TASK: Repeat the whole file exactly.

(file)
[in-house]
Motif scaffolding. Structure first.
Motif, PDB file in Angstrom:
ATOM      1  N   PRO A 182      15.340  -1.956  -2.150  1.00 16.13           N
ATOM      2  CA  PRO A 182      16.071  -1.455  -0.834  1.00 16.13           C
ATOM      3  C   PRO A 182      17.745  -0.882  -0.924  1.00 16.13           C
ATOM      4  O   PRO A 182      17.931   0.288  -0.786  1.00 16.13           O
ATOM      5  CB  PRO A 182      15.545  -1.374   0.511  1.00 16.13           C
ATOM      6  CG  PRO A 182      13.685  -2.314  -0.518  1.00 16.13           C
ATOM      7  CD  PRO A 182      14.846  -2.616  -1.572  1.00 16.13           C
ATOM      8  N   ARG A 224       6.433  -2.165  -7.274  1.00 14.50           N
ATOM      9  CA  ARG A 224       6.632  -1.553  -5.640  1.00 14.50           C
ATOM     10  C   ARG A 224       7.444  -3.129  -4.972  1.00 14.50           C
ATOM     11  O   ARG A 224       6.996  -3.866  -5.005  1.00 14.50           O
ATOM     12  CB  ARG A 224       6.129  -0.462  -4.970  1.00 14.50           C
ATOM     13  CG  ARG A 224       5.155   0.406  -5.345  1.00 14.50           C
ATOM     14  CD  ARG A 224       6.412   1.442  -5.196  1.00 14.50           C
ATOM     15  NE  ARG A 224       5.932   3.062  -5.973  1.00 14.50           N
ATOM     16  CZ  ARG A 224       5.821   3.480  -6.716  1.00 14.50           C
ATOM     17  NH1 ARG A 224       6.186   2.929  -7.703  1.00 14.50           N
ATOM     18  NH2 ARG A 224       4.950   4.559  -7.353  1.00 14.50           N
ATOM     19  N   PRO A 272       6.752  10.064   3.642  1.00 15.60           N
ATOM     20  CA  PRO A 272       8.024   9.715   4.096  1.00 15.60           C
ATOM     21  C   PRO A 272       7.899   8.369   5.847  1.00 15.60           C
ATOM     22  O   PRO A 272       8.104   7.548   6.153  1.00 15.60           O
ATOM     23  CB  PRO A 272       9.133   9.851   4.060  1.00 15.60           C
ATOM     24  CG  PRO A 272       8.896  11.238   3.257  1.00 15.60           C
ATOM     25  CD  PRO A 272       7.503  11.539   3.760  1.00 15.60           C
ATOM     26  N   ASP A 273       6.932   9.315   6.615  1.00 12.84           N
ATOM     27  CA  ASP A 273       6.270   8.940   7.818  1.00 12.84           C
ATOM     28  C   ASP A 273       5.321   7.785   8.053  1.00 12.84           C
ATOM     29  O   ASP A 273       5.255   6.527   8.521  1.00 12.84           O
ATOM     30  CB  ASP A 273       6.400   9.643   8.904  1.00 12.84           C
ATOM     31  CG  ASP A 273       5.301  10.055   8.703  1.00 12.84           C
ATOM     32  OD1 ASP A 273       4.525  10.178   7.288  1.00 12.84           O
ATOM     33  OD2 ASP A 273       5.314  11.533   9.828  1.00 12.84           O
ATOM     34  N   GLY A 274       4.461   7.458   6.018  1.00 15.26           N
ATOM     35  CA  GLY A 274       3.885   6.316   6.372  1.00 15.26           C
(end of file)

[in-house]
Motif scaffolding. Structure first.
Motif, PDB file in Angstrom:
ATOM      1  N   PRO A 182      15.340  -1.956  -2.150  1.00 16.13           N
ATOM      2  CA  PRO A 182      16.071  -1.455  -0.834  1.00 16.13           C
ATOM      3  C   PRO A 182      17.745  -0.882  -0.924  1.00 16.13           C
ATOM      4  O   PRO A 182      17.931   0.288  -0.786  1.00 16.13           O
ATOM      5  CB  PRO A 182      15.545  -1.374   0.511  1.00 16.13           C
ATOM      6  CG  PRO A 182      13.685  -2.314  -0.518  1.00 16.13           C
ATOM      7  CD  PRO A 182      14.846  -2.616  -1.572  1.00 16.13           C
ATOM      8  N   ARG A 224       6.433  -2.165  -7.274  1.00 14.50           N
ATOM      9  CA  ARG A 224       6.632  -1.553  -5.640  1.00 14.50           C
ATOM     10  C   ARG A 224       7.444  -3.129  -4.972  1.00 14.50           C
ATOM     11  O   ARG A 224       6.996  -3.866  -5.005  1.00 14.50           O
ATOM     12  CB  ARG A 224       6.129  -0.462  -4.970  1.00 14.50           C
ATOM     13  CG  ARG A 224       5.155   0.406  -5.345  1.00 14.50           C
ATOM     14  CD  ARG A 224       6.412   1.442  -5.196  1.00 14.50           C
ATOM     15  NE  ARG A 224       5.932   3.062  -5.973  1.00 14.50           N
ATOM     16  CZ  ARG A 224       5.821   3.480  -6.716  1.00 14.50           C
ATOM     17  NH1 ARG A 224       6.186   2.929  -7.703  1.00 14.50           N
ATOM     18  NH2 ARG A 224       4.950   4.559  -7.353  1.00 14.50           N
ATOM     19  N   PRO A 272       6.752  10.064   3.642  1.00 15.60           N
ATOM     20  CA  PRO A 272       8.024   9.715   4.096  1.00 15.60           C
ATOM     21  C   PRO A 272       7.899   8.369   5.847  1.00 15.60           C
ATOM     22  O   PRO A 272       8.104   7.548   6.153  1.00 15.60           O
ATOM     23  CB  PRO A 272       9.133   9.851   4.060  1.00 15.60           C
ATOM     24  CG  PRO A 272       8.896  11.238   3.257  1.00 15.60           C
ATOM     25  CD  PRO A 272       7.503  11.539   3.760  1.00 15.60           C
ATOM     26  N   ASP A 273       6.932   9.315   6.615  1.00 12.84           N
ATOM     27  CA  ASP A 273       6.270   8.940   7.818  1.00 12.84           C
ATOM     28  C   ASP A 273       5.321   7.785   8.053  1.00 12.84           C
ATOM     29  O   ASP A 273       5.255   6.527   8.521  1.00 12.84           O
ATOM     30  CB  ASP A 273       6.400   9.643   8.904  1.00 12.84           C
ATOM     31  CG  ASP A 273       5.301  10.055   8.703  1.00 12.84           C
ATOM     32  OD1 ASP A 273       4.525  10.178   7.288  1.00 12.84           O
ATOM     33  OD2 ASP A 273       5.314  11.533   9.828  1.00 12.84           O
ATOM     34  N   GLY A 274       4.461   7.458   6.018  1.00 15.26           N
ATOM     35  CA  GLY A 274       3.885   6.316   6.372  1.00 15.26           C